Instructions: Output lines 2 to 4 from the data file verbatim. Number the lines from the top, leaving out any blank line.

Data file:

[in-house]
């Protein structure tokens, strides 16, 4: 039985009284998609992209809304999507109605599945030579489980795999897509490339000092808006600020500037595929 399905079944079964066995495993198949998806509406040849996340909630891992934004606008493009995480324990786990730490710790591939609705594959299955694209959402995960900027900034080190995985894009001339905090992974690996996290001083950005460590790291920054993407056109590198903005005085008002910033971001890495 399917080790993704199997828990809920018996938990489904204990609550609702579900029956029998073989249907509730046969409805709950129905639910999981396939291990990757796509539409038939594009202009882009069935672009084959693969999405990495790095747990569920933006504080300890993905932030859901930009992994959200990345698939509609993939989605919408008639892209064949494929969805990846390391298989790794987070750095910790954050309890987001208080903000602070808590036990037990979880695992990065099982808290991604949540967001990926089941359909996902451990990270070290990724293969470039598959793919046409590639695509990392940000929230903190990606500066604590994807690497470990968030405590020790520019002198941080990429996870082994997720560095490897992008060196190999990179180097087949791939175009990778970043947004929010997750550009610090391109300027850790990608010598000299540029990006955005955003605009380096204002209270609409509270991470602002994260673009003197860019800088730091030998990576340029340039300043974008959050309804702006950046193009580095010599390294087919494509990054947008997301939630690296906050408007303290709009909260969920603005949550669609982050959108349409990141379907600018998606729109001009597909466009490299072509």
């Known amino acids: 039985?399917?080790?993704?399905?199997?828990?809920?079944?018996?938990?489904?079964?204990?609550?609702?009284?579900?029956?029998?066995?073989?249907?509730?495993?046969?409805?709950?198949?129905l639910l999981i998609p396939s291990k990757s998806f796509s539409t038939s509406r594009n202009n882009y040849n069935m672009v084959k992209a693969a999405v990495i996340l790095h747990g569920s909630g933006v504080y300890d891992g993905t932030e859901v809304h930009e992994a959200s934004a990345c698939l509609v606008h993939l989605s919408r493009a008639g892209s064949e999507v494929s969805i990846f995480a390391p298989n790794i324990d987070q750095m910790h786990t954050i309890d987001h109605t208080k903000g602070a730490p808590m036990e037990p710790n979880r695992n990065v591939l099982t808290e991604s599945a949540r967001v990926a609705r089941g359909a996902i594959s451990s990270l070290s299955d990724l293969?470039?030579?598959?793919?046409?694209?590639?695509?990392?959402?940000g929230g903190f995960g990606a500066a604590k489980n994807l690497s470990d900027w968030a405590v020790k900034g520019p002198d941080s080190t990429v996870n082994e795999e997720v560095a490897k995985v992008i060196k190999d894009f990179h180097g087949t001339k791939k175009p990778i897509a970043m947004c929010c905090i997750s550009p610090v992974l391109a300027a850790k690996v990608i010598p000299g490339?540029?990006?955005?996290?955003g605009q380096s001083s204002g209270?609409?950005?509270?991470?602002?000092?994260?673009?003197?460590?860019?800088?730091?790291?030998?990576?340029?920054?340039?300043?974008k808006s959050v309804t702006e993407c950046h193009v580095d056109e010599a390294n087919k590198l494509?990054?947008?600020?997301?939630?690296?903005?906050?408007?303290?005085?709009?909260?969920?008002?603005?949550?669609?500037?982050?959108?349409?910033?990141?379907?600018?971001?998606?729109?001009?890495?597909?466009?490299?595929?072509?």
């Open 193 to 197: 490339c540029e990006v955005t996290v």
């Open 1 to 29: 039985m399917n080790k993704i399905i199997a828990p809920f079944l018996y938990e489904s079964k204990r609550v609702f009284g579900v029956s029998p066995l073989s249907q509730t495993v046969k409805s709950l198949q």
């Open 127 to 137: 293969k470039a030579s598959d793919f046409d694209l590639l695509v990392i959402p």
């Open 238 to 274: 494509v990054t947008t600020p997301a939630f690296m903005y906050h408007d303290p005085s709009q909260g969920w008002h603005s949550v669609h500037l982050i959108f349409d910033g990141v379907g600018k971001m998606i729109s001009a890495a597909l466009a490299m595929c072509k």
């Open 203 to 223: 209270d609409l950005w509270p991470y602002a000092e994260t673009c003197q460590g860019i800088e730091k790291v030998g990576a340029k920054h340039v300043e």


């Protein structure tokens, strides 16, 4: 039985009284998609992209809304999507109605599945030579489980795999897509490339000092808006600020500037595929 399905079944079964066995495993198949998806509406040849996340909630891992934004606008493009995480324990786990730490710790591939609705594959299955694209959402995960900027900034080190995985894009001339905090992974690996996290001083950005460590790291920054993407056109590198903005005085008002910033971001890495 399917080790993704199997828990809920018996938990489904204990609550609702579900029956029998073989249907509730046969409805709950129905639910999981396939291990990757796509539409038939594009202009882009069935672009084959693969999405990495790095747990569920933006504080300890993905932030859901930009992994959200990345698939509609993939989605919408008639892209064949494929969805990846390391298989790794987070750095910790954050309890987001208080903000602070808590036990037990979880695992990065099982808290991604949540967001990926089941359909996902451990990270070290990724293969470039598959793919046409590639695509990392940000929230903190990606500066604590994807690497470990968030405590020790520019002198941080990429996870082994997720560095490897992008060196190999990179180097087949791939175009990778970043947004929010997750550009610090391109300027850790990608010598000299540029990006955005955003605009380096204002209270609409509270991470602002994260673009003197860019800088730091030998990576340029340039300043974008959050309804702006950046193009580095010599390294087919494509990054947008997301939630690296906050408007303290709009909260969920603005949550669609982050959108349409990141379907600018998606729109001009597909466009490299072509």
């Known amino acids: 039985?399917?080790?993704?399905?199997?828990?809920?079944?018996?938990?489904?079964?204990?609550?609702?009284?579900?029956?029998?066995?073989?249907?509730?495993?046969?409805?709950?198949?129905l639910l999981i998609p396939s291990k990757s998806f796509s539409t038939s509406r594009n202009n882009y040849n069935m672009v084959k992209a693969a999405v990495i996340l790095h747990g569920s909630g933006v504080y300890d891992g993905t932030e859901v809304h930009e992994a959200s934004a990345c698939l509609v606008h993939l989605s919408r493009a008639g892209s064949e999507v494929s969805i990846f995480a390391p298989n790794i324990d987070q750095m910790h786990t954050i309890d987001h109605t208080k903000g602070a730490p808590m036990e037990p710790n979880r695992n990065v591939l099982t808290e991604s599945a949540r967001v990926a609705r089941g359909a996902i594959s451990s990270l070290s299955d990724l293969?470039?030579?598959?793919?046409?694209?590639?695509?990392?959402?940000g929230g903190f995960g990606a500066a604590k489980n994807l690497s470990d900027w968030a405590v020790k900034g520019p002198d941080s080190t990429v996870n082994e795999e997720v560095a490897k995985v992008i060196k190999d894009f990179h180097g087949t001339k791939k175009p990778i897509a970043m947004c929010c905090i997750s550009p610090v992974l391109a300027a850790k690996v990608i010598p000299g490339?540029?990006?955005?996290?955003g605009q380096s001083s204002g209270?609409?950005?509270?991470?602002?000092?994260?673009?003197?460590?860019?800088?730091?790291?030998?990576?340029?920054?340039?300043?974008k808006s959050v309804t702006e993407c950046h193009v580095d056109e010599a390294n087919k590198l494509?990054?947008?600020?997301?939630?690296?903005?906050?408007?303290?005085?709009?909260?969920?008002?603005?949550?669609?500037?982050?959108?349409?910033?990141?379907?600018?971001?998606?729109?001009?890495?597909?466009?490299?595929?072509?």
């Open 193 to 197: 490339c540029e990006v955005t996290v």